Like every other politic nerd I’ve been following what’s happening in Texas pretty closely. For those that don’t know, Texas’ legislator is trying to pass one of the strictest anti-abortion laws in the country; a ban on abortions past 20 weeks. There was a pretty clear party split here and Republicans were optimistic that they’d be able to pass this bill no problem. They expected some arguing here and there but the mostly male members of the GOP are used to their voices being heard over everyone else’s. That is, until Wendy Davis stepped up. She was not having it. She proudly stood there for an 11 hour filibuster and bravely took a stand for women’s rights in Texas. Or at least that’s the story that’s being sold. And I mean, it’s a good one. Articles read with titles like “From Teen Mom to Harvard Law to Famous Filibuster.” If that’s not sellable, I don’t know what is. We all like when the underdog wins. It’s even better when the underdog kicks patriarchy in the teeth and makes it sit and listen to her speak for 11 hours. Especially when it’s a white woman doing the kicking.

But left out of this story are the other women legislators (women of color) who have supported Davis and championed women’s rights in Texas on their own. One such woman is Leticia Van De Putte. She is also a Texas State Senator who has been working just as hard as Davis to defeat Texas’ abortion bill. But unlike Davis, De Putte was not championed once the battle (not the war) was won . This is despite the extreme sacrifices she’s made in order to have her voice be heard. De Putte lost her father in an accident last week, but still attended and helped finish out yesterday’s filibuster. And when the good ole boys went on the attack, De Putte went toe to toe with them in defense of Davis. She called out her male colleagues for silencing their female peers and asked “at what point must a female senator raise her hand or her voice to be recognized over her male colleagues?” The chamber erupted in cheers. But as this quote travels around the internet, it is placed next to a picture of Wendy Davis with #STANDWITHWENDY stamped at the bottom. Why silence De Putte? Why are two women who do very similar work not receiving the same attention and praise?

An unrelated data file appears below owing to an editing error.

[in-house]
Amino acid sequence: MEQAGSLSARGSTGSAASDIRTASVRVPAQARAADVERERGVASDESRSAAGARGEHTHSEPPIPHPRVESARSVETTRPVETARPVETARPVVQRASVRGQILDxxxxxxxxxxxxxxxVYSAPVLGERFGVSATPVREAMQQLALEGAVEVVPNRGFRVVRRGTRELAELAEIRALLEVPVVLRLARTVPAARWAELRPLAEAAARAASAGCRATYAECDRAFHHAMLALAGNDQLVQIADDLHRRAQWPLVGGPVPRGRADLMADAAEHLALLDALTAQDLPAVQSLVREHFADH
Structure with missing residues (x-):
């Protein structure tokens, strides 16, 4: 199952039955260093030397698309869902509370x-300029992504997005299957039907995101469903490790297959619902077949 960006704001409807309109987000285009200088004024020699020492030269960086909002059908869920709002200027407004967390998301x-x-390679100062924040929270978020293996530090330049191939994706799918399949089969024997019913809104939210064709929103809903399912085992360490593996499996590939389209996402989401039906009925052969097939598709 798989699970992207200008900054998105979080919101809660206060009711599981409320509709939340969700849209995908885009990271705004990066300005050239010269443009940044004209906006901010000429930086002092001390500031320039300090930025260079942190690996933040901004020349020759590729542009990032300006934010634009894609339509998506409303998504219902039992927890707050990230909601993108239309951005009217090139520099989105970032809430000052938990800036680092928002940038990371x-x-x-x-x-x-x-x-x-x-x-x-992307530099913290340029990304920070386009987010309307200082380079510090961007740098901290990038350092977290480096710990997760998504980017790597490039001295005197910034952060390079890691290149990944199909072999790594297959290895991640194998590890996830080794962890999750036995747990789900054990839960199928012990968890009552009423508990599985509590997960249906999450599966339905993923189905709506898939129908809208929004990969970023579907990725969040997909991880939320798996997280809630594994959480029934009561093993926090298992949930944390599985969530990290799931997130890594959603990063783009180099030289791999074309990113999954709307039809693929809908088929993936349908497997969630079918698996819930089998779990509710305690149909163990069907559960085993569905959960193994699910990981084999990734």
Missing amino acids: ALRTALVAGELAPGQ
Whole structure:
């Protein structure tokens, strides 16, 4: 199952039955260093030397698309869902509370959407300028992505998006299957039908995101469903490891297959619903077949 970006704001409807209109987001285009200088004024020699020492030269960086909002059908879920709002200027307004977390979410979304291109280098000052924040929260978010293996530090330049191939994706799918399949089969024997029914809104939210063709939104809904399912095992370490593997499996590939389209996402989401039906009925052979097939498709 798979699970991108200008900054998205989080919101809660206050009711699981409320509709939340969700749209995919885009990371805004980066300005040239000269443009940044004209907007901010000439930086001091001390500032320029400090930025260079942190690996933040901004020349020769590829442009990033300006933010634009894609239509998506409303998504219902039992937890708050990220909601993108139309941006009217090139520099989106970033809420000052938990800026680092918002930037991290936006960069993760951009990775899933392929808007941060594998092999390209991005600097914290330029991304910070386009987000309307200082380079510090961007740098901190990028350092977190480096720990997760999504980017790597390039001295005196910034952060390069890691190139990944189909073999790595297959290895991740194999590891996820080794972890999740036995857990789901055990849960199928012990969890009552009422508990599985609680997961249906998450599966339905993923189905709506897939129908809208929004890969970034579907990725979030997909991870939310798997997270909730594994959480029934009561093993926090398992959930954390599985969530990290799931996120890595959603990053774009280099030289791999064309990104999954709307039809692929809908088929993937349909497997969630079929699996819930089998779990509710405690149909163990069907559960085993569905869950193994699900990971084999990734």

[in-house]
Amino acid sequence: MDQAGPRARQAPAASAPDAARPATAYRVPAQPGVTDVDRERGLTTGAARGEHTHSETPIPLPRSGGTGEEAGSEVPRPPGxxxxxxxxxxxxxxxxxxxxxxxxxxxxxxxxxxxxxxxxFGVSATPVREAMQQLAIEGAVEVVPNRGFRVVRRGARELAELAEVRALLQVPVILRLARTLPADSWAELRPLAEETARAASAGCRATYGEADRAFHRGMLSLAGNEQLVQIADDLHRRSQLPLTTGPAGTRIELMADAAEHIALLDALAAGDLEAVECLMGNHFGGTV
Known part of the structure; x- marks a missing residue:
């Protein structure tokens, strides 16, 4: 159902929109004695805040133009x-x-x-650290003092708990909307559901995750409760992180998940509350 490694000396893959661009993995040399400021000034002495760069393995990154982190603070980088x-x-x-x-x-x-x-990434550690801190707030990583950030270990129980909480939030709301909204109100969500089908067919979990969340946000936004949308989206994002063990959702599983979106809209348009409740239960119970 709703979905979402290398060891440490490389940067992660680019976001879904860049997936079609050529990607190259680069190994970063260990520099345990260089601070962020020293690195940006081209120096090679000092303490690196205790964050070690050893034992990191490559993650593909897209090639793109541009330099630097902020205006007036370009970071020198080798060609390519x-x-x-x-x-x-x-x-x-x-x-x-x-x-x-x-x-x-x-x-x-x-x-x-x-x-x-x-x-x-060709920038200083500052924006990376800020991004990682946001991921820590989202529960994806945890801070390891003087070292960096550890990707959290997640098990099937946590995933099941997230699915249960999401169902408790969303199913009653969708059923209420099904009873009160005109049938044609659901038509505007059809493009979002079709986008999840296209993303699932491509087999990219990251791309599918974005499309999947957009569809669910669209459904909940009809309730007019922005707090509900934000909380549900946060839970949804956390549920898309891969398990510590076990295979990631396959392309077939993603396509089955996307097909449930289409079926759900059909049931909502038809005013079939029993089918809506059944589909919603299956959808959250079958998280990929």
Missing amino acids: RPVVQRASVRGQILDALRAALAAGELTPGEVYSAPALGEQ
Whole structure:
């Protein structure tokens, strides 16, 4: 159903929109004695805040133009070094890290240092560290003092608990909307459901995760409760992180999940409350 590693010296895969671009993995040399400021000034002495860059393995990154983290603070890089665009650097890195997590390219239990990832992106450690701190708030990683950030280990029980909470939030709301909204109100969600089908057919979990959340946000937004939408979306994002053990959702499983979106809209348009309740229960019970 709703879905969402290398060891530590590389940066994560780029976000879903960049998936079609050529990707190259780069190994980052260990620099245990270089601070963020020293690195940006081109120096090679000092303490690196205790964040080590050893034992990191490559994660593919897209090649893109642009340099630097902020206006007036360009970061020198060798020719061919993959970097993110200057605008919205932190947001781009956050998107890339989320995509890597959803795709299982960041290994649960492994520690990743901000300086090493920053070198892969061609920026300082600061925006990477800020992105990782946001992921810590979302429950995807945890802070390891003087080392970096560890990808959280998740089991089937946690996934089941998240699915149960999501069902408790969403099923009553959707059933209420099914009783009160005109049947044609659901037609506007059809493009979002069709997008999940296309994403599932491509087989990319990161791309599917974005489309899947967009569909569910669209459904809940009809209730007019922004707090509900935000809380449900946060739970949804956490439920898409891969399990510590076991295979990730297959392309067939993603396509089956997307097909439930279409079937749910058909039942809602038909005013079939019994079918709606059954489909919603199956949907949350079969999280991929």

Long answer short is that women of color have continuously been silenced by mainstream feminist movements. We are expected to defend, protect, and fight together as women but only white women get the credit. This is especially hurtful as De Putte has worked to fight against a law that would disproportionally impact black and brown women. So even in the moments where she, as a woc, is fighting to protect other woc, her contributions are minimized and ignored.

This is not to dismiss the work Davis has put in. But honestly, the voices of woc simply are not valued the same way the voices of white women are. This makes is hard and frustrating when working with white women on issues that impact us all. So although part of me champions Davis, a larger part of me champions De Putte. She is a woman of color who continues to fight even though her contributions are minimalized. If you ask me, that makes her the real hero.